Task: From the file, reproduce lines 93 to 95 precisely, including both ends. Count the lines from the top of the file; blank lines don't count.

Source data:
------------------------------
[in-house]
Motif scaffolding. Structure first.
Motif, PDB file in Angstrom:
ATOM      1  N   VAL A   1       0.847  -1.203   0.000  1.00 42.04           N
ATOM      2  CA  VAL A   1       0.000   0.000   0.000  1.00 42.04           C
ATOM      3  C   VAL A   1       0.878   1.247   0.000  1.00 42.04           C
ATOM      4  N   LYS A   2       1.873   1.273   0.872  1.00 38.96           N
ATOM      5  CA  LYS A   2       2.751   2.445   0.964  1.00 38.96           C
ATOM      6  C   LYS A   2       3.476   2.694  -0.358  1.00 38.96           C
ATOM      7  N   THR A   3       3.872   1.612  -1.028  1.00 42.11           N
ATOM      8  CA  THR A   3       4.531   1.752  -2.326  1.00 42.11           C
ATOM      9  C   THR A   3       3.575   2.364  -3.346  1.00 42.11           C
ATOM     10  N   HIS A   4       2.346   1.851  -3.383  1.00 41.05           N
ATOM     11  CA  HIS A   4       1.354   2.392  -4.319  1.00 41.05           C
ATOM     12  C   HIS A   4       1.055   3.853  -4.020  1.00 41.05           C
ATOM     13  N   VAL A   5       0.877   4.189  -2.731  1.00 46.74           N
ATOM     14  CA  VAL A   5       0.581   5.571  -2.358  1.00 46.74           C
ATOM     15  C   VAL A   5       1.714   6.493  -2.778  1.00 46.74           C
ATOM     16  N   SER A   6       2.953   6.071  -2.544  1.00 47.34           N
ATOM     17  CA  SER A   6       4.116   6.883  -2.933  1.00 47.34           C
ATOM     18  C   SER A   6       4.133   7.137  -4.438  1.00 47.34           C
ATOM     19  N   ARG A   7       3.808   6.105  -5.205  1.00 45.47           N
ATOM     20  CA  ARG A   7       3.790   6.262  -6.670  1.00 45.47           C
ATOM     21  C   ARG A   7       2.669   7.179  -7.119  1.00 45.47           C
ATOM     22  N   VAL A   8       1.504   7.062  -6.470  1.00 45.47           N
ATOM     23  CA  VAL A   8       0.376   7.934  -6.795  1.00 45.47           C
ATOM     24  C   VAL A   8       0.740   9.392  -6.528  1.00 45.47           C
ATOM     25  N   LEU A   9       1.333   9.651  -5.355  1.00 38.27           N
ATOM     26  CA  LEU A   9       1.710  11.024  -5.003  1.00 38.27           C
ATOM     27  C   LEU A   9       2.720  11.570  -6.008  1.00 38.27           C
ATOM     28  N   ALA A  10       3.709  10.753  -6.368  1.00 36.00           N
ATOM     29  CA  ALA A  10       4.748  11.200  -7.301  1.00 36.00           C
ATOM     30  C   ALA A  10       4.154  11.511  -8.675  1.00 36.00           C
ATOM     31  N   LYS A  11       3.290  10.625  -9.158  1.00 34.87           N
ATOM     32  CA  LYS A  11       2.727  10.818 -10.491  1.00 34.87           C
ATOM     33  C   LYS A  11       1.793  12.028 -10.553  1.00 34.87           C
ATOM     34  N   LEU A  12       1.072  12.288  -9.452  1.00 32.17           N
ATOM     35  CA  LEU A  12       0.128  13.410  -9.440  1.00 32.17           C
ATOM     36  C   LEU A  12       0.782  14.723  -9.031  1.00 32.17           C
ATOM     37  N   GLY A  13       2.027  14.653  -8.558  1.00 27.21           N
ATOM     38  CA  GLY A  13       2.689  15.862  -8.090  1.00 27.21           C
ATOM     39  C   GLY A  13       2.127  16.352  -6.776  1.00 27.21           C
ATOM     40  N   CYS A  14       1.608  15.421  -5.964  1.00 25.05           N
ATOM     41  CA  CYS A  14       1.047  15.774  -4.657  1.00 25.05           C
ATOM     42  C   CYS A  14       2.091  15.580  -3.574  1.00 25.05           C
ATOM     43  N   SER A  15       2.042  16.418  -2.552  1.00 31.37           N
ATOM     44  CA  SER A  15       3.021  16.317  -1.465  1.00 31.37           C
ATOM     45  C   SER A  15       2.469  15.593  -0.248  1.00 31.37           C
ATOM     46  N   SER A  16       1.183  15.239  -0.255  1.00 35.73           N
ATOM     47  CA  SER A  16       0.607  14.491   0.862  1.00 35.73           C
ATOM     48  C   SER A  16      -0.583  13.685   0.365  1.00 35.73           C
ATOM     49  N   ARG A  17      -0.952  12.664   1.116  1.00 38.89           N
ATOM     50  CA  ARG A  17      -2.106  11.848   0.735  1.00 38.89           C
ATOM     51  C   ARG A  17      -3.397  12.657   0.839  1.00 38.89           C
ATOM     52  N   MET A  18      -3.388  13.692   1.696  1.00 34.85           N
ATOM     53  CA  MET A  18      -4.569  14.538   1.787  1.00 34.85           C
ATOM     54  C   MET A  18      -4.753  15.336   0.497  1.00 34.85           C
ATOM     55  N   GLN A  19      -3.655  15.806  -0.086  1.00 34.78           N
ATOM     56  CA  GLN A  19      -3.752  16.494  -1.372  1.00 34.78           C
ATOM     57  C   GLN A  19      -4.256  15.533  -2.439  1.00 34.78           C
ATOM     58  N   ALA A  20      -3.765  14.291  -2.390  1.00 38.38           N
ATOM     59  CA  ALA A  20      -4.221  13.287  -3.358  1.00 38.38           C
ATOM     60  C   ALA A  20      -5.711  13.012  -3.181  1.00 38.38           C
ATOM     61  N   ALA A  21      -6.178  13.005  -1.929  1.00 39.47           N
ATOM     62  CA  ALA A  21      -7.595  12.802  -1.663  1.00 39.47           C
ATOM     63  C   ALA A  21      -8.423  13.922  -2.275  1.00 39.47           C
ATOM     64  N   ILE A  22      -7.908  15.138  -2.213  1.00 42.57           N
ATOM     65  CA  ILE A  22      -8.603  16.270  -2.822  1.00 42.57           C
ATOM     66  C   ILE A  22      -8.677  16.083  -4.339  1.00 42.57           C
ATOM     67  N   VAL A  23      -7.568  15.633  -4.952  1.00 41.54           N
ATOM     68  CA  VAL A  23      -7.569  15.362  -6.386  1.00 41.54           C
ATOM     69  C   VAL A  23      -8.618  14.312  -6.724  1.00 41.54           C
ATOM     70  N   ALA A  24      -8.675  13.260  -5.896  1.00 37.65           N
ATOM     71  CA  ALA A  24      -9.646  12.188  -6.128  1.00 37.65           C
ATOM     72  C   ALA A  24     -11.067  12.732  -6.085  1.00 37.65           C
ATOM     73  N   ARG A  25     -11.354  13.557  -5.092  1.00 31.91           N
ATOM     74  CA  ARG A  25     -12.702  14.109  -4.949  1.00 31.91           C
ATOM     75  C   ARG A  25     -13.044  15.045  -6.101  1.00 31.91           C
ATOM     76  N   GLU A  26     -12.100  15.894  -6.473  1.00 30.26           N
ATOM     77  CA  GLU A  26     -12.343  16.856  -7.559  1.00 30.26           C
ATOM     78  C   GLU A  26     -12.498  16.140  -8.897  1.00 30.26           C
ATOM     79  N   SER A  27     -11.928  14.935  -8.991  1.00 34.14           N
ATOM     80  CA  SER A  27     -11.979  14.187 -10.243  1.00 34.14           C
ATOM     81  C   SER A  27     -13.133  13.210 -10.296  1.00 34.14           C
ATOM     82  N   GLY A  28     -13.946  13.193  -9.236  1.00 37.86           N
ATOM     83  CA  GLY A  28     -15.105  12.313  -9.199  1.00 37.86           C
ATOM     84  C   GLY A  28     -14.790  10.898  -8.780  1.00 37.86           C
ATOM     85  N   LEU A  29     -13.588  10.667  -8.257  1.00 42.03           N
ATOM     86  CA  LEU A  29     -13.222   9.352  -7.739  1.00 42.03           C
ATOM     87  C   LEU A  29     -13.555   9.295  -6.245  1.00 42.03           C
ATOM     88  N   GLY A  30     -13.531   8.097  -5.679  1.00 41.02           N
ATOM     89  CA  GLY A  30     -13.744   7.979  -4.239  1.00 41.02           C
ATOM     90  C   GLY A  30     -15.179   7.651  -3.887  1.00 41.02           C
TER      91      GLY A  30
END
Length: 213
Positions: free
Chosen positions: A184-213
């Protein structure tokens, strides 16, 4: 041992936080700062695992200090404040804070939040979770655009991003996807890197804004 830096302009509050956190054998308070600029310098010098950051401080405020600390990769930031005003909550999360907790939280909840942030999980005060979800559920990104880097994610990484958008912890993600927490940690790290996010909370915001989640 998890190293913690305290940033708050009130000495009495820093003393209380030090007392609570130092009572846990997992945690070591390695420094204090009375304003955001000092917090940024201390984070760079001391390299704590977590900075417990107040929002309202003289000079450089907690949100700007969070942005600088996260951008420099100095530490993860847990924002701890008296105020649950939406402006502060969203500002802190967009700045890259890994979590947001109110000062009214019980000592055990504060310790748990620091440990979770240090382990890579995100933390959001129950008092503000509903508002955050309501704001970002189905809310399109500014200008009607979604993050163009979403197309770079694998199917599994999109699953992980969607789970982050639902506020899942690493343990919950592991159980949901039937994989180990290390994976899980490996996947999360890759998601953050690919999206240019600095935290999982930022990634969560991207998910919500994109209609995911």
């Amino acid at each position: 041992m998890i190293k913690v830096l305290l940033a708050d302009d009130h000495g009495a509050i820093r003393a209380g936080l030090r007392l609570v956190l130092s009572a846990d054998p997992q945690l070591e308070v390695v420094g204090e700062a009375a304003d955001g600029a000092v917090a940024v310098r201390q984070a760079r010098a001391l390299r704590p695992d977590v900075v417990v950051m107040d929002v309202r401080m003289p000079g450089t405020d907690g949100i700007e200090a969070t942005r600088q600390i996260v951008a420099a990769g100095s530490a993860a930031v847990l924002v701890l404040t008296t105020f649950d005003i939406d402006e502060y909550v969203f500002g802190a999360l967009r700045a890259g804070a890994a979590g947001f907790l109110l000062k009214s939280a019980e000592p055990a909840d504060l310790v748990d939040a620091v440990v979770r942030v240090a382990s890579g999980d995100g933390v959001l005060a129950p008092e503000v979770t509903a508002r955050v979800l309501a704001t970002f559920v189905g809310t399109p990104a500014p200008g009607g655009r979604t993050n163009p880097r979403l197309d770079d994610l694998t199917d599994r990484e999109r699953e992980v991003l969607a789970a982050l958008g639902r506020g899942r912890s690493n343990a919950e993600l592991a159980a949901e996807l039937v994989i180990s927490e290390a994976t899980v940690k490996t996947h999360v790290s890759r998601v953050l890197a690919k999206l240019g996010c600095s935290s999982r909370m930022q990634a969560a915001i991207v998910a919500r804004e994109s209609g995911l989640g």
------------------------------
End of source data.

ATOM     90  C   GLY A  30     -15.179   7.651  -3.887  1.00 41.02           C
TER      91      GLY A  30
END